Today's New York Times has an interesting opinion piece on Bill Gates' humanitarian initiatives. Go here to read the whole thing.
I especially liked the end of Nicholas Kristof's article:
"I asked Mr. Gates what advice he had for ordinary readers who might want to engage in micro-philanthropy.
“The key thing is to pick a cause, whether its crops or diseases or great high schools,” he said. “Pick one and get some more in-depth knowledge.” If possible, travel to see the problems firsthand, then pick an organization to support with donations or volunteer time.
So try it. The only difference between you and Mr. Gates is scale."
It's a great suggestion. Instead of donating to every cause that comes your way--and you'll be getting all sorts of solicitations once people know you'll donate--decide on just one or two areas and commit.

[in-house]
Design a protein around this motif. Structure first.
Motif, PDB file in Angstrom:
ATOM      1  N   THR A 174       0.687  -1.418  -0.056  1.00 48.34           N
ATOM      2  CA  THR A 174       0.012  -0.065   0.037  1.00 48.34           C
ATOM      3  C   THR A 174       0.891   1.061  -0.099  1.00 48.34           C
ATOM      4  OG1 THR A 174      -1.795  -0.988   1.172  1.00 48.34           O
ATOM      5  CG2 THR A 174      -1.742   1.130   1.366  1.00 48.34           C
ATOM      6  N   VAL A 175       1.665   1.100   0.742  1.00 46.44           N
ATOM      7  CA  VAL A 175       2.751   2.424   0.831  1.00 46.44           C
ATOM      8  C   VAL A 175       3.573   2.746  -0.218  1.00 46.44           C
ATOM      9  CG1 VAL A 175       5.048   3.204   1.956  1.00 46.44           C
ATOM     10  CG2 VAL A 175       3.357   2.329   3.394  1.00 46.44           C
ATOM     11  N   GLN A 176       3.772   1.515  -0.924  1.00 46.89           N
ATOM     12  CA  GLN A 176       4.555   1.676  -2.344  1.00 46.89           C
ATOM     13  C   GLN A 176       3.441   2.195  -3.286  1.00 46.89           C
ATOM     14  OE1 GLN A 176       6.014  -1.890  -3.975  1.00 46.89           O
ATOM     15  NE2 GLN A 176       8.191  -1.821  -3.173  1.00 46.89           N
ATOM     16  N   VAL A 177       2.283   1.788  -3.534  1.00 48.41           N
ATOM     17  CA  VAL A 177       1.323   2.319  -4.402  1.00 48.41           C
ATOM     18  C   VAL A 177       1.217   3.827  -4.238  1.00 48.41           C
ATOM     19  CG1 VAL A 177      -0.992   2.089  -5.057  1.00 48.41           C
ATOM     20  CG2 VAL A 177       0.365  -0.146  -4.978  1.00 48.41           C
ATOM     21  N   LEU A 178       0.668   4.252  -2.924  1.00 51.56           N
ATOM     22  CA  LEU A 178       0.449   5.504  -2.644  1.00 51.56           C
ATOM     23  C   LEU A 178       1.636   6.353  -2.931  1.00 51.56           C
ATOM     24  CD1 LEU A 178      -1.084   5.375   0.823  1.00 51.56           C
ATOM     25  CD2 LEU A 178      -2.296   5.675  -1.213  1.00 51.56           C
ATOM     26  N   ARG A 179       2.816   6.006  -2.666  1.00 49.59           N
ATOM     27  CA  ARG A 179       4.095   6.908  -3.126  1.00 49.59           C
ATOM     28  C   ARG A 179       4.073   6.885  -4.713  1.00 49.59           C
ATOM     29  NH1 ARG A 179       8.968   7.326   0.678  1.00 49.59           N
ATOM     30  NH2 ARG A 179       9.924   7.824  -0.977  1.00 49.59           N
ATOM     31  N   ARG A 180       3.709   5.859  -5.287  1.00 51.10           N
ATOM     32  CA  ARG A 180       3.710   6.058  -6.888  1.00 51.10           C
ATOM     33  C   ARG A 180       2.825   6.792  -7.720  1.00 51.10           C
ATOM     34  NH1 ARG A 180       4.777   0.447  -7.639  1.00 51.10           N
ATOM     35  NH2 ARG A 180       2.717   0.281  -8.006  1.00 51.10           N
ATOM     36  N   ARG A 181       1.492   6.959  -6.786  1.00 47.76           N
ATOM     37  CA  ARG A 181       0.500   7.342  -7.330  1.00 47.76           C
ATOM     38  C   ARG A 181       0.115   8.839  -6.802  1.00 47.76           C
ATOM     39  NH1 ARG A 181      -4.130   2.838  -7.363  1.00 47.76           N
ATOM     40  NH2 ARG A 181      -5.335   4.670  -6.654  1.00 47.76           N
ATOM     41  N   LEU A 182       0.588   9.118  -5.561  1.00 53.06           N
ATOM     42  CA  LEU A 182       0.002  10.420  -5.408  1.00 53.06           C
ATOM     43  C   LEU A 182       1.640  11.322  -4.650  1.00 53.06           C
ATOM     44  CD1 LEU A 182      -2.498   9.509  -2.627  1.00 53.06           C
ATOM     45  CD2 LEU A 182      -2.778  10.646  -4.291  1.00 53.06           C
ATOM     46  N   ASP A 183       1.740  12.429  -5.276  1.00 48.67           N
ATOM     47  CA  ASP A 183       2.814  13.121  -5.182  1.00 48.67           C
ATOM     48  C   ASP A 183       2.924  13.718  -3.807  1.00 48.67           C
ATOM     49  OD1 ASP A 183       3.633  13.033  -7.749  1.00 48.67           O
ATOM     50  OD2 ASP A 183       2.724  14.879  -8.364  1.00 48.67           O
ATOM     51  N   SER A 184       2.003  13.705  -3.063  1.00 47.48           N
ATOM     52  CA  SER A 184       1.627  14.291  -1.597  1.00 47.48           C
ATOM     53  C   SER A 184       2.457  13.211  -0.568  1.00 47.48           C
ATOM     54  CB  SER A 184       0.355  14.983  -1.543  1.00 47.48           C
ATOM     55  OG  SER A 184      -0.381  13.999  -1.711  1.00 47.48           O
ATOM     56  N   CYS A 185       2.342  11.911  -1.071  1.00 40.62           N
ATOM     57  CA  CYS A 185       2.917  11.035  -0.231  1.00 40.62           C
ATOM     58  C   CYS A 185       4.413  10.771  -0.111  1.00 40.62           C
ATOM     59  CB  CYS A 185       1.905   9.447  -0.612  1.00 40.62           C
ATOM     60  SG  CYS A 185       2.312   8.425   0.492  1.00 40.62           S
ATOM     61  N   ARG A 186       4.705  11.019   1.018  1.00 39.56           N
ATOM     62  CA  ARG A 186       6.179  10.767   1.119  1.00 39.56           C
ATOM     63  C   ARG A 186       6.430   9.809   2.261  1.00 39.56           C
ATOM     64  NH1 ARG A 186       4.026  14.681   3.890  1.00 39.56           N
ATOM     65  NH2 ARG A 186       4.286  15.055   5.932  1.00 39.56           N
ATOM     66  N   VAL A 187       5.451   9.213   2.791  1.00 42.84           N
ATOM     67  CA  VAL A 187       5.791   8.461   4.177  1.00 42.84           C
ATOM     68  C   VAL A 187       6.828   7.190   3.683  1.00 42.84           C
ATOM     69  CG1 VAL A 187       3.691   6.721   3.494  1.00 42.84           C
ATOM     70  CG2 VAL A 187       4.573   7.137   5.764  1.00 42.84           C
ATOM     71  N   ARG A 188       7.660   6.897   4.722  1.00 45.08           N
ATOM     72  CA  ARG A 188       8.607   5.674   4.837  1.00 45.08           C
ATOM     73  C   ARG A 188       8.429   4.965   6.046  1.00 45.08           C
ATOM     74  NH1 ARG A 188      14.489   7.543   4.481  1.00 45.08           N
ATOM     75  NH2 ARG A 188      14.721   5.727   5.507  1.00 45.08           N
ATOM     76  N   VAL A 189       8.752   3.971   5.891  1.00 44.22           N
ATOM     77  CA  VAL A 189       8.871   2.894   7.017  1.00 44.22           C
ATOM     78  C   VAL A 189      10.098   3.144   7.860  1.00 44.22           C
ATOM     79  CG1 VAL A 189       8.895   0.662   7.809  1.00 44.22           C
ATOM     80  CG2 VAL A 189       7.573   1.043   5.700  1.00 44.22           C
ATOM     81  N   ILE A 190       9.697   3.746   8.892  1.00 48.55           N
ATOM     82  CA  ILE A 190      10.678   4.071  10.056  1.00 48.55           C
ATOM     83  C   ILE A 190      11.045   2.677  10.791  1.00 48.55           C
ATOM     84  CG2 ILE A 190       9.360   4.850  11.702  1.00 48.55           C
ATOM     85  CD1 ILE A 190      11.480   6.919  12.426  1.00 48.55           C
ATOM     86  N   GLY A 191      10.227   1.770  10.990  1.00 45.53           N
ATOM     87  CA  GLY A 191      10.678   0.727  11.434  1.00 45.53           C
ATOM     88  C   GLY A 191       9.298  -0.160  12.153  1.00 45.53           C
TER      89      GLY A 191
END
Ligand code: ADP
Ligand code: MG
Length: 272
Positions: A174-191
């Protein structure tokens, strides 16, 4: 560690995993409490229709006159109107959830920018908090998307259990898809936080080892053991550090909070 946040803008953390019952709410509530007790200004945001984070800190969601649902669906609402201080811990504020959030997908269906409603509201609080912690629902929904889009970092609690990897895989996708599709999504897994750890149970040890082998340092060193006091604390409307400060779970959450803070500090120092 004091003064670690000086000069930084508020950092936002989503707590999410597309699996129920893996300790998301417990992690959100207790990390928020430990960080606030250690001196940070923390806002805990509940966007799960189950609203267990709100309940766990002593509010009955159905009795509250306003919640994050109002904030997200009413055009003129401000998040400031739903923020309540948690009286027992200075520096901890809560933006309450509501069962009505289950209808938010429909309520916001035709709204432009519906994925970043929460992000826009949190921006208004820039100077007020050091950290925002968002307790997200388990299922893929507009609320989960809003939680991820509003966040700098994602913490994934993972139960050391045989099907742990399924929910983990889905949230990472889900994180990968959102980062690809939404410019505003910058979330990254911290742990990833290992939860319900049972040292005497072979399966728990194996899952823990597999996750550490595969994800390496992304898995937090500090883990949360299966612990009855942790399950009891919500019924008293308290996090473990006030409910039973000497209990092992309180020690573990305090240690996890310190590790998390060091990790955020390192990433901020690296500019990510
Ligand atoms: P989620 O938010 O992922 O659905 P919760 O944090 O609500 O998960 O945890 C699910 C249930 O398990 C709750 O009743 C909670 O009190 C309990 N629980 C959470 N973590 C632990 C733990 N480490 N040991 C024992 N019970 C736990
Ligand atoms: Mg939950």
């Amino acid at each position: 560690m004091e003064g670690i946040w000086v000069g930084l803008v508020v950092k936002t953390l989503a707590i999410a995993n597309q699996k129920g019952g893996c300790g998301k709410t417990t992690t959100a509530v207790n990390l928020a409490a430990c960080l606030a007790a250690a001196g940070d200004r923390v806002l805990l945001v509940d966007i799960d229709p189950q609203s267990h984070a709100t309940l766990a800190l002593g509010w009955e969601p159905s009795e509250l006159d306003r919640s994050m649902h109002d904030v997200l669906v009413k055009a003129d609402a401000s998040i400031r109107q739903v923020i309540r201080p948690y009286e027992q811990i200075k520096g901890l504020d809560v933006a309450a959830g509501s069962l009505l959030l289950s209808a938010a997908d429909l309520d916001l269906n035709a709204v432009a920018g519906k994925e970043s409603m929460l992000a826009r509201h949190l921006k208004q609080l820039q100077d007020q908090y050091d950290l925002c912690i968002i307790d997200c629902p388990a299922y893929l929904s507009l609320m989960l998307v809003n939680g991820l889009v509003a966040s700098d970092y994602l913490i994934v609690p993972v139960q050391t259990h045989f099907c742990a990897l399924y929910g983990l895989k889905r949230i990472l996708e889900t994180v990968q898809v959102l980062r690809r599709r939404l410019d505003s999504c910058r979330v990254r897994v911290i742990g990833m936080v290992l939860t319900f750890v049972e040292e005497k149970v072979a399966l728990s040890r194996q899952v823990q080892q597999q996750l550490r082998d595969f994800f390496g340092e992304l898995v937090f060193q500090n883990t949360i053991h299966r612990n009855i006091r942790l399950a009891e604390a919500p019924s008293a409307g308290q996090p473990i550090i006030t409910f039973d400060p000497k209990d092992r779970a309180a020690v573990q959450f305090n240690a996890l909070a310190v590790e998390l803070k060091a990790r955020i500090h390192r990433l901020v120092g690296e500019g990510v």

Years ago, I decided that hunger issues would be my primary focus, and so I donate money through my church, and I donate to groups, like Bread for the World, which work for change on a systemic level. I also give time by working in food pantries and going to sites to participate in feeding programs.
Of course, I donate to other worthy causes, but hunger alleviation is my primary focus, and it has been, since I was a young child.
There are plenty of social justice issues from which to choose. The hard part might be choosing one--so think about it this way. You're being awarded the Nobel Prize for the work you've done; what does the press release say.
If you look at recent Peace Prize winners, you'll notice that they, too, tend to have focused on one issue and devoted all their time, talents, and money to that area of social justice. We should let ourselves take a lesson from these social justice giants among us.
feeling the feelings…
1 year ago